DNA extraction and amplification
Genomic DNA was extracted from blood samples with QIAGEN (QIAGEN GmbH, Hilden Germany) according to the manufacturer’s instructions. The isolated DNAs were separated by electrophoresis on 0.8% agarose (Bioshop, Germany) in 0.5 X TBE buffer prepared according to Sambrook et al.  and contained 0.5 μg/ml ethidium bromide (Sigma, Germany). The electrophoresis run was performed using apparatus with power supply (Biometra, USA) and visualized by UV trans-illuminator and Gel documentation system (Gel Doc.Alpha-chem.Imager, USA).
For the sampled Egyptian sheep, cattle, and buffaloes, a region of IGFBP-3 gene spanning over a part of exon 2, complete intron 2, exon 3 and a part of intron 3 was amplified using primer AASN-P1; (F: 5-CCAAGC GTG AGA CAG AAT AC-3),(R:5-AGG AGG GAT AGG AGC AAG AT-3) [3,4,5,6,7,8]. PCR for Falahy goats was performed to amplify a 316 bp fragment from exon 2 of the IGFBP-3 gene using a primer as described by Liu et al. , AASN-P2; (F:5′-GAA ATG GCA GTG AGT CGG-3′), (R:5′-TGG GCT CTT GAG TAA TGG TG-3′).
The amplification was performed using (iQ SYBR Green Supermix, USA), 10 p.mol of each primer and 80–100 ng of genomic DNA were processed under the following amplification conditions: 94 °C/5 min, followed by 35 cycles of 94 °C/1 min, 60 °C/1 min, 72 °C/1 min and a final extension step at 72 °C/2 min for (AASN-P1) primer. As for (AASN-P2) primer, the conditions were 94 °C/5 min, followed by 34 cycles of 94 °C/1 min, 63 °C/1 min, 72 °C/1 min and a final extension step at 72 °C/2 min. The amplification was carried out using a DNA Thermo-cycler Gene Amp 6700 (Applied Bio-system, USA).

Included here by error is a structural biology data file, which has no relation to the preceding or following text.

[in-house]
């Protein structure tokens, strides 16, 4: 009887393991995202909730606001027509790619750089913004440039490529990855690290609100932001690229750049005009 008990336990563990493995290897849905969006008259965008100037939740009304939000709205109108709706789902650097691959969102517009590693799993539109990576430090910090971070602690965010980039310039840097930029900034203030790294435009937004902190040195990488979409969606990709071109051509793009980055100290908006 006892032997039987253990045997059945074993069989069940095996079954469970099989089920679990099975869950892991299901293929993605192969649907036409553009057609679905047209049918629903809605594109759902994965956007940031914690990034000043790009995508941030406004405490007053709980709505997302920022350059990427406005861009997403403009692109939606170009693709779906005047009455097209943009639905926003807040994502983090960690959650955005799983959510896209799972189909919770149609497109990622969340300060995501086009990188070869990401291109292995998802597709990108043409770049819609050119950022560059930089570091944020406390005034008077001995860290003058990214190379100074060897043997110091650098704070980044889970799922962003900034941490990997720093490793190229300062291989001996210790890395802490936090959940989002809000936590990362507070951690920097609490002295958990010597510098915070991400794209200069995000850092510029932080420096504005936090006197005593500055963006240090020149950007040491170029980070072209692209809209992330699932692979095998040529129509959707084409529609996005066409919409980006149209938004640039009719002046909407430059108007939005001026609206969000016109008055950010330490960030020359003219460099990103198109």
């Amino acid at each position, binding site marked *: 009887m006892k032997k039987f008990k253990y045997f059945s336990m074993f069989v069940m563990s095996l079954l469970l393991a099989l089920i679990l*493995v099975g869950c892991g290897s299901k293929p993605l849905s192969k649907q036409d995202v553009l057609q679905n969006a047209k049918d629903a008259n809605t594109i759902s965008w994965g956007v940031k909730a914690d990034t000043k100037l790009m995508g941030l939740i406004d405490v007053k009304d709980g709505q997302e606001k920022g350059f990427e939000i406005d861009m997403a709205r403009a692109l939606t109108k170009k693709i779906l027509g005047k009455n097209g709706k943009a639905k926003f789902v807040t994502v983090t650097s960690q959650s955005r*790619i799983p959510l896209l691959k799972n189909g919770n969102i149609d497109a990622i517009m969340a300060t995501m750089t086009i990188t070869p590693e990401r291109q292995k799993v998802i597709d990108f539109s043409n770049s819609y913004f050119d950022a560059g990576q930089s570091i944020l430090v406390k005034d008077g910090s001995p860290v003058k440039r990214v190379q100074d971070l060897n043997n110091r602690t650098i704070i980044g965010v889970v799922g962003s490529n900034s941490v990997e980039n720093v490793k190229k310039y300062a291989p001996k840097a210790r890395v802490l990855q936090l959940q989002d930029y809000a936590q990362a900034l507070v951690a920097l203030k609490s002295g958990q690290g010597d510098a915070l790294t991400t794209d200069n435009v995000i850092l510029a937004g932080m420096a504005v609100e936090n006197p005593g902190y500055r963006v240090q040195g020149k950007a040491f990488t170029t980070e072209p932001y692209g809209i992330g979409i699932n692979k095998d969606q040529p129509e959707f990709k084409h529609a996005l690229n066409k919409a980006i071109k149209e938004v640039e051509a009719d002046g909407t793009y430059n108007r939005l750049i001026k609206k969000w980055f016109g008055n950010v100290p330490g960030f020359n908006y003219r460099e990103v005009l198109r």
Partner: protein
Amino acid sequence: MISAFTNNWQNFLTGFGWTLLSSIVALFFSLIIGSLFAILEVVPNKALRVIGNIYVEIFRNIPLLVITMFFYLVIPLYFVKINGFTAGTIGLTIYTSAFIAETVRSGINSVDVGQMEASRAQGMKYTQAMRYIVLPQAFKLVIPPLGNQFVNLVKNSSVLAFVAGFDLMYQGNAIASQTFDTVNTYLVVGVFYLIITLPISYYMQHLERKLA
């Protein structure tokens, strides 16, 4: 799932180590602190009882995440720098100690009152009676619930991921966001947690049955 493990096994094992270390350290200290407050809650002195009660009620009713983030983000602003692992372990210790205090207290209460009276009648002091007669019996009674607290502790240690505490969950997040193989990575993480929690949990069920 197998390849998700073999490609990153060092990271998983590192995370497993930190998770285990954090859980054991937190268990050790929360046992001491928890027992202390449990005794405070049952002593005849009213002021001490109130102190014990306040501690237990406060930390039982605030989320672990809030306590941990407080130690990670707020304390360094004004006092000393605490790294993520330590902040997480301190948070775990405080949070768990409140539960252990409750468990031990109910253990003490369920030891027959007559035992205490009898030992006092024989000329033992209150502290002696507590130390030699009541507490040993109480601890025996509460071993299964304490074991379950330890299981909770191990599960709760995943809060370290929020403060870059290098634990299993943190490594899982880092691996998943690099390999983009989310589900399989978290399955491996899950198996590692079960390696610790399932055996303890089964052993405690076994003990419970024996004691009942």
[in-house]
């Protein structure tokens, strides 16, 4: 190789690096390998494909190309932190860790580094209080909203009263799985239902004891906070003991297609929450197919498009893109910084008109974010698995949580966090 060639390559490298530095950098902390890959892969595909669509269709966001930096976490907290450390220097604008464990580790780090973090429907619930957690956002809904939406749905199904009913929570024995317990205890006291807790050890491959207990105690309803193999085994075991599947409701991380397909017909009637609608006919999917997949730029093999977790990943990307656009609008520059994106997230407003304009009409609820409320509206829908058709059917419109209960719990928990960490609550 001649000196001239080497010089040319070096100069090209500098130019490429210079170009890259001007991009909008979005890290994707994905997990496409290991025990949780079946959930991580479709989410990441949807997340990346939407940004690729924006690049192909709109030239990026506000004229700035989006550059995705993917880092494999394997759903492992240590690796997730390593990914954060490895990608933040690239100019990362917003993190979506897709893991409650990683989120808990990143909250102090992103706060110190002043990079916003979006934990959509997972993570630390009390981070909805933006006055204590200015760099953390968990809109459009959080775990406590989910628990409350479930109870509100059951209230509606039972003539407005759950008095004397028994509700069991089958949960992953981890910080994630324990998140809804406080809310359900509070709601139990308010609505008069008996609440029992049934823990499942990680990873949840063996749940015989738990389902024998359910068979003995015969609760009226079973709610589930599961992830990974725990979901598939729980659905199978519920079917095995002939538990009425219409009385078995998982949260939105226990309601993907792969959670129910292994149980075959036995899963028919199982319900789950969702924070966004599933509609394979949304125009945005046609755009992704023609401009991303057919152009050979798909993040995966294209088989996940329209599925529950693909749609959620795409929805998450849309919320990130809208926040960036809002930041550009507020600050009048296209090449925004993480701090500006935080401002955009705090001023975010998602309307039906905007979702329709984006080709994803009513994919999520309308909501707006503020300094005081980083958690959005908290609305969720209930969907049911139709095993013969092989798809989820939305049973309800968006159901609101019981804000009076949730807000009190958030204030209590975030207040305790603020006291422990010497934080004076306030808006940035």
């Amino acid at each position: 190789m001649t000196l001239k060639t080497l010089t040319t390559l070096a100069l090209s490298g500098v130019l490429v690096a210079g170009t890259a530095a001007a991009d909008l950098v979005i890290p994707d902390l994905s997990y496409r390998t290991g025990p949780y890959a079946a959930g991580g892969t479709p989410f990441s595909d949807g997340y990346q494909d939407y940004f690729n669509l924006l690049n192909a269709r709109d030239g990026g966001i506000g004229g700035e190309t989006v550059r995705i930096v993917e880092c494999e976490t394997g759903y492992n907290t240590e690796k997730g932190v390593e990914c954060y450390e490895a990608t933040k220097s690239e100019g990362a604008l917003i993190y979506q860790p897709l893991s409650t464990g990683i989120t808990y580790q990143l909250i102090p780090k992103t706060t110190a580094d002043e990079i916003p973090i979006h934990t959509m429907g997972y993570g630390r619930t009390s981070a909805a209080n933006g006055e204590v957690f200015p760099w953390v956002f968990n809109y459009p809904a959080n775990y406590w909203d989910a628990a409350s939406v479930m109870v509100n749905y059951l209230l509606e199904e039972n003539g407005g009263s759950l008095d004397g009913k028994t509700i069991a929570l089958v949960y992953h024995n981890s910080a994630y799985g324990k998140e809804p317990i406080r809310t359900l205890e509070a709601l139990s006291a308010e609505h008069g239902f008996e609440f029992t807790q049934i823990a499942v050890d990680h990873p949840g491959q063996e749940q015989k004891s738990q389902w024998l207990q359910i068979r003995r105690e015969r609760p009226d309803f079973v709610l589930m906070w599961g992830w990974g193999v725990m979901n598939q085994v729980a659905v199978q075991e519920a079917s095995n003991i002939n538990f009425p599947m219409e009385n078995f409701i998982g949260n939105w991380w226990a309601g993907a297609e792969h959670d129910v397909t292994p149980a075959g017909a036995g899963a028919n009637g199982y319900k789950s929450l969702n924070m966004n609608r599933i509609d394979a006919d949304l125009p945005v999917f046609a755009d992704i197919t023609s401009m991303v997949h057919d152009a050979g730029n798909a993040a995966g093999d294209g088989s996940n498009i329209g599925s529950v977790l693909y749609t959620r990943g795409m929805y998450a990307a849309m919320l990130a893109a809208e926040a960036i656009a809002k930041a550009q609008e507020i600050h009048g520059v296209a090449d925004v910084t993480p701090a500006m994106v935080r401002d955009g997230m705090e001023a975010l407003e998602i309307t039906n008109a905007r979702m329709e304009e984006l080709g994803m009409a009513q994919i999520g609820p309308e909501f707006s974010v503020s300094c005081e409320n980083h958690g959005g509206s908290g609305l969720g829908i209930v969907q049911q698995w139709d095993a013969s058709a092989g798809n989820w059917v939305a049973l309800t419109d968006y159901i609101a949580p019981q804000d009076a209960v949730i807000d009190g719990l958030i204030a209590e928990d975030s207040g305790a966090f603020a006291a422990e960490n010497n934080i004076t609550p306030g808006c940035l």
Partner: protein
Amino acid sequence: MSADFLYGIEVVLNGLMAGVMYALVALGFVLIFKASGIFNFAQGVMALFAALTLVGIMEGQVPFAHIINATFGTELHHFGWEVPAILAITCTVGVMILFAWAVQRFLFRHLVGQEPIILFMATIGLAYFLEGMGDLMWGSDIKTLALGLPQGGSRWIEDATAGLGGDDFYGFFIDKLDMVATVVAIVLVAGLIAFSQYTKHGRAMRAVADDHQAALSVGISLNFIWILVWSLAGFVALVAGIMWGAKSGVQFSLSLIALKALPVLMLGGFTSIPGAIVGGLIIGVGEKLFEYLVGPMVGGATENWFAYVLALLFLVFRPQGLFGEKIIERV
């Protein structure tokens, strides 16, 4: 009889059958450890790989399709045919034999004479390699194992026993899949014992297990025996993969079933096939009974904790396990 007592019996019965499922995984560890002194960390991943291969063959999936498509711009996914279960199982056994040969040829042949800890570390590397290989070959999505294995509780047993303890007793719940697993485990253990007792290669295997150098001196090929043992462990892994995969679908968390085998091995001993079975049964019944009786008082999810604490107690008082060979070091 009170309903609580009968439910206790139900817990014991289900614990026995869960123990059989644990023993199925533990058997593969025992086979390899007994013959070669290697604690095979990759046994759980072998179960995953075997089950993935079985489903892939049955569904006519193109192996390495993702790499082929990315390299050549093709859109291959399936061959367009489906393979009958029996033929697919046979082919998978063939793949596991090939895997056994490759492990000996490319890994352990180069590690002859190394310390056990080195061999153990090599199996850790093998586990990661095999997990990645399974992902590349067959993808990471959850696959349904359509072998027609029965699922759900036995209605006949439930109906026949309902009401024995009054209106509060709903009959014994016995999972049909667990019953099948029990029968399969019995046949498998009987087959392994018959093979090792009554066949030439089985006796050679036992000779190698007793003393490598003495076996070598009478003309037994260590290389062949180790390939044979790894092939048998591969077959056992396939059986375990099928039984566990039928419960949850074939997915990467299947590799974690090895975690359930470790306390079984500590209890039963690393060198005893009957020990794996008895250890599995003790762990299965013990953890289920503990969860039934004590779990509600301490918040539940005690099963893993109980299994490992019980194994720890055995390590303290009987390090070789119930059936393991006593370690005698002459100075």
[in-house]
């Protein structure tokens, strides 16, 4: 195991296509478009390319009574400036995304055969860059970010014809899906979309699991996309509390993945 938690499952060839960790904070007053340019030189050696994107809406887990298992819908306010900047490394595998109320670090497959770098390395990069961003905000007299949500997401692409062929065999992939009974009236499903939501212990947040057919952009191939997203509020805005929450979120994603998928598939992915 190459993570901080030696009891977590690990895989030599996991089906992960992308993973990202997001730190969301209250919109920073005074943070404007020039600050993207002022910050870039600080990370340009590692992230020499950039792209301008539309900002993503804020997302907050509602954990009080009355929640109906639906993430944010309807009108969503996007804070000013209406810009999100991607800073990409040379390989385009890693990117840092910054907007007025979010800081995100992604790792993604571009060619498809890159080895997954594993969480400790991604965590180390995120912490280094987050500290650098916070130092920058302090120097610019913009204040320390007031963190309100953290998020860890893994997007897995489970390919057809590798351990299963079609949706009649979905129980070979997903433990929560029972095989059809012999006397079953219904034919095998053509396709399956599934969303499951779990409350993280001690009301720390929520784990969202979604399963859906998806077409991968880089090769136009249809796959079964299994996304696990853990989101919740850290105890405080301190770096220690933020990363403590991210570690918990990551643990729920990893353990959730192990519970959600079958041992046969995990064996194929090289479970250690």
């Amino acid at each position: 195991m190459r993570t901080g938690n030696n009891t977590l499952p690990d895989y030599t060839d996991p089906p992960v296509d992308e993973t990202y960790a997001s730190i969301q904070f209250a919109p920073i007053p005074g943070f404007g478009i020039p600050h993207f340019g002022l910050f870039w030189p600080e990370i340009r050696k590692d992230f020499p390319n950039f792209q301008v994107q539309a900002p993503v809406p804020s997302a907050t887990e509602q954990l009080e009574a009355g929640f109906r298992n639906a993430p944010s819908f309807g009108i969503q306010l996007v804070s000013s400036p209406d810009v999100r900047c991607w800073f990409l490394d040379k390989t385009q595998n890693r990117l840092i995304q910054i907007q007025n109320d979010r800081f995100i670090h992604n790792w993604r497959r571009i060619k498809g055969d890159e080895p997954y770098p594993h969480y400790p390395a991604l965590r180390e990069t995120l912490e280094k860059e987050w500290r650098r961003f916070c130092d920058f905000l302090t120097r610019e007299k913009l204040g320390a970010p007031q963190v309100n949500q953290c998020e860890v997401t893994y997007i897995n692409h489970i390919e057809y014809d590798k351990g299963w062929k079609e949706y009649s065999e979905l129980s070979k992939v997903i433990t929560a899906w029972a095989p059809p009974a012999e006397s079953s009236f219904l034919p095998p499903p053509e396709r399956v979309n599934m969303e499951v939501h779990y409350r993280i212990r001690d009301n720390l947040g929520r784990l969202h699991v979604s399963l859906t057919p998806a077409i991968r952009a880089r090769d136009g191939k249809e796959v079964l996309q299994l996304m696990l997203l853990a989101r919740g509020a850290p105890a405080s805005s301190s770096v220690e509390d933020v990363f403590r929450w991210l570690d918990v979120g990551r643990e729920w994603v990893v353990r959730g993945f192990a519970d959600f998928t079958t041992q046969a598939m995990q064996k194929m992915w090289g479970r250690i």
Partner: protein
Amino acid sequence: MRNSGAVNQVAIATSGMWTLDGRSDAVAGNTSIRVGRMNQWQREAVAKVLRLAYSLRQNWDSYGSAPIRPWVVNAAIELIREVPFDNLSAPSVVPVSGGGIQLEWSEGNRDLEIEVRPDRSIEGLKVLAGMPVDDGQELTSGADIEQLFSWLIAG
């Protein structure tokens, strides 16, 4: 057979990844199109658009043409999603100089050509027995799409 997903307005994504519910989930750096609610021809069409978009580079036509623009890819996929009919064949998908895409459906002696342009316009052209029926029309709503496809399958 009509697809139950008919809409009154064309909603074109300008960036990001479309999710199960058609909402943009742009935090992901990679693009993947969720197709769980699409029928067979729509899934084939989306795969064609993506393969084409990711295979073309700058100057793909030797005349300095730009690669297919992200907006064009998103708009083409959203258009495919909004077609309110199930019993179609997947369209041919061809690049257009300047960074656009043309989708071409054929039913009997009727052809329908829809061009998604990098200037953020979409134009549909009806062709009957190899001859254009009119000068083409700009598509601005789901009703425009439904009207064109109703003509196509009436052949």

Nucleotide sequence analysis
Automated DNA sequence analysis was carried out on both strands by the DNA sequencing service lab of the Korean Research Institute of Bioscience and Biotechnology with an ABI Prism 3100 apparatus. Database similarity searches were performed with the NCBI/BLAST/blast network service at the National Center for Biotechnology Information (NCBI) (http://www.ncbi.nlm.nih.gov). The resulted sequences were analyzed using MEGA 6 v.4, Finch T.V 1.01, and Blast 2.0 software to detect Single Nucleotide Polymorphism (SNPs) between sequences. The sequences were deposited in GenBank (Accession Numbers: MG738673.1, MG738674.1, MG738671.1 and MG738672.1 for cattle, buffalo, sheep, and goat, respectively). Analysis of translated protein of IGFBP-3 gene sequences of tested animals were generated by ExPASy program (http://web.expasy.org/translate).
Restriction fragment length polymorphism (RFLP)
The RFLP was used to detect genotyping differences between and within sheep groups, cattle, buffalo, and goat using the PCR of target genes. The PCR amplicons of the IGFBP-3 gene were digested with HaeIII for all tested animals, also TaqI was used separately for buffalo only beside HaeIII (Jena Bioscience, Germany). Defining restrictions sites before digestion with restriction enzymes was achieved by the NEB cutter program (http://www.labtools.us/nebcutter-v2-0) . The RFLP-PCR reaction volume was 25 μl, consisted of 11–12 μl H2O, 2 μl 10X digestion buffer, 5–10 units restriction enzyme (5 unit/1 μl) in addition to 10 μl amplified DNA. All reactions were incubated at 37 °C for HaeIII and at 65 °C for TaqI for 16 h. Twenty microliter of each reaction were separated by electrophoresis on 3% agarose gel and visualized by UV trans-illuminator and gel documentation system (Gel Doc. Alpha-chem. Imager, USA).
Results and discussion
Amplification, manipulation, and digestion